Orange Magazine

Questions about civil society involvement follow Azerbaijani organizer on opening day

By Katherine Dunn

Debate dominated the first day of the No Hate Speech Forum in Gabala, as participants questioned the conference’s Azerbaijani organizer on how the country’s national participants were selected.

Responding this afternoon, NAYORA chairman Shahin Seyidzade said the country’s six participants had been selected after an “open call for participation” created by the Council of Europe, the forum’s sponsor.

NAYORA is the acronym of the National Assembly of Youth Organizations of the Republic of Azerbaijan, which is an umbrella organization for youth groups in the country.

Questions began on Wednesday evening as participants were arriving in Gabala, a resort-town tucked high in the Caucasus mountains. In an email to NAYORA, Eirik Rise, a participant, questioned how participants had been selected, saying he could not see what selection of local civil society was present.

“In which way are civil society organisations and minorities / target groups of hate speech represented at the Forum, and how have the representation of their and other civil society organizations’ representation been ensured?” he asked.

During the course of the forum’s first day, several other participants also requested an answer from NAYORA, including teams from Poland and Albania.

Seyidzade, who chairs the umbrella organization of youth organizations, responded in an interview Thursday afternoon that Azerbaijan had accepted six participants after distributing an online call for participants, which he says was created by the Council of Europe.

However Participants were only accepted from NAYORA members, which are nationally-registered youth organizations.

Participants were then selected by a committee, which included NAYORA, the Council of Europe as well as representatives from several government ministries.

The six selected form part of the 40+ cadre of Azerbaijanis at the conference. The other attendees include volunteer organizers, a media team, IT support and five government employees. In an email to participants Thursday evening, Seymur Huseynov of NAYORA named the participants and their organizations, which include coordinators of the local No Hate Speech Movement, members from the Scouts organization and a member of the Debate in Civil Society Public Union. In the email, he said it was a technical mistake that in a draft version of the participants list, all Azerbaijanis had been listed as representing NAYORA .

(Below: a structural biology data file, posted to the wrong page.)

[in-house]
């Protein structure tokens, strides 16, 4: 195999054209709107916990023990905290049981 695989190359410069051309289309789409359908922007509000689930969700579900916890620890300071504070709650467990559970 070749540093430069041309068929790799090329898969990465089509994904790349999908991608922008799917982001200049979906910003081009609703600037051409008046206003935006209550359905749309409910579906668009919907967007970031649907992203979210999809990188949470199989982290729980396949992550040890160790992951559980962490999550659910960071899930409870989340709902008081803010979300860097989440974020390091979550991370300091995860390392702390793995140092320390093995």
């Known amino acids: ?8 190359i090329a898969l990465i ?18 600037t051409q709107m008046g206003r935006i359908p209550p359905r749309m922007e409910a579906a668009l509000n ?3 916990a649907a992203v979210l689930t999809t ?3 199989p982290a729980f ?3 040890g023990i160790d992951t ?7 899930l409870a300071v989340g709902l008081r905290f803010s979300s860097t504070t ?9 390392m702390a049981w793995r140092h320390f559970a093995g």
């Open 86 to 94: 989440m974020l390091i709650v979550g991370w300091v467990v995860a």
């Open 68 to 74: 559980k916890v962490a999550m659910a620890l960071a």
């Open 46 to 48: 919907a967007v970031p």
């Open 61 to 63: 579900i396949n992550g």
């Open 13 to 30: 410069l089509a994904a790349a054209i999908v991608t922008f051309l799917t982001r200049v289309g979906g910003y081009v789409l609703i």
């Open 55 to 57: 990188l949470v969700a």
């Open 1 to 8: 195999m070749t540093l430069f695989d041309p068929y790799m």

The Council of Europe says they expected that NAYORA would select 50 participants, and was surprised to discover that those 40 attending were largely logistical support, not activists.

NAYORA is independent from the government, Seyidzade said, and by law is explicitly non-political, which excludes groups he says are linked to political parties. He said human rights groups are permitted under the organization’s umbrella, but the organization exists only to “create opportunities” for young people separate from their member organizations, and therefore its role in the forum has been largely logistical.

“NAYORA is not responsible for human rights defending,” he said. “NAYORA is a youth platform, but not more. It’s a bridge between different stockholders.”

Debate continued through the afternoon, as participants responded to a tweet from a young Azherbaijani named Gulara Azimzadeh.

“I haven’t been selected to #nohateforum Gabala. NAYORA blocks LGBTQ orgs to speak out. So curious who represents Azerbaijan. #whatashame.”

Seyidzade said Azimzadeh was denied because she is not part of a nationally-registered youth organization.

Azimzadeh refuted this, saying the requirement was never mentioned in the call, and that it is not possible to receive registration for LGBT organizations through the Azerbaijani justice ministry.

During the plenary session Thursday afternoon, Rui Gomes, head of education and training division in the youth department at the Council of Europe said that the Council had faced no restrictions from Azerbaijan in organizing the conference and that they wished to establish that everyone was welcome. He noted they had asked Azerbaijani activists to let them know if they had any difficulties but had not heard from anyone.

The No Hate Speech Forum is funded almost entirely by the government of Azerbaijan. The country currently holds the chairmanship of the Council of Europe, and the council says this is why the forum has been hosted in Gabala.

The Council is an organization of 47 states, including the EU member states, which aims to promote human rights and the rule of law.

Photo credit: Samra Sadraddinli

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About This Edition

No Hate Speech Movement Forum
Gabala, Azerbaijan
Oct. 2014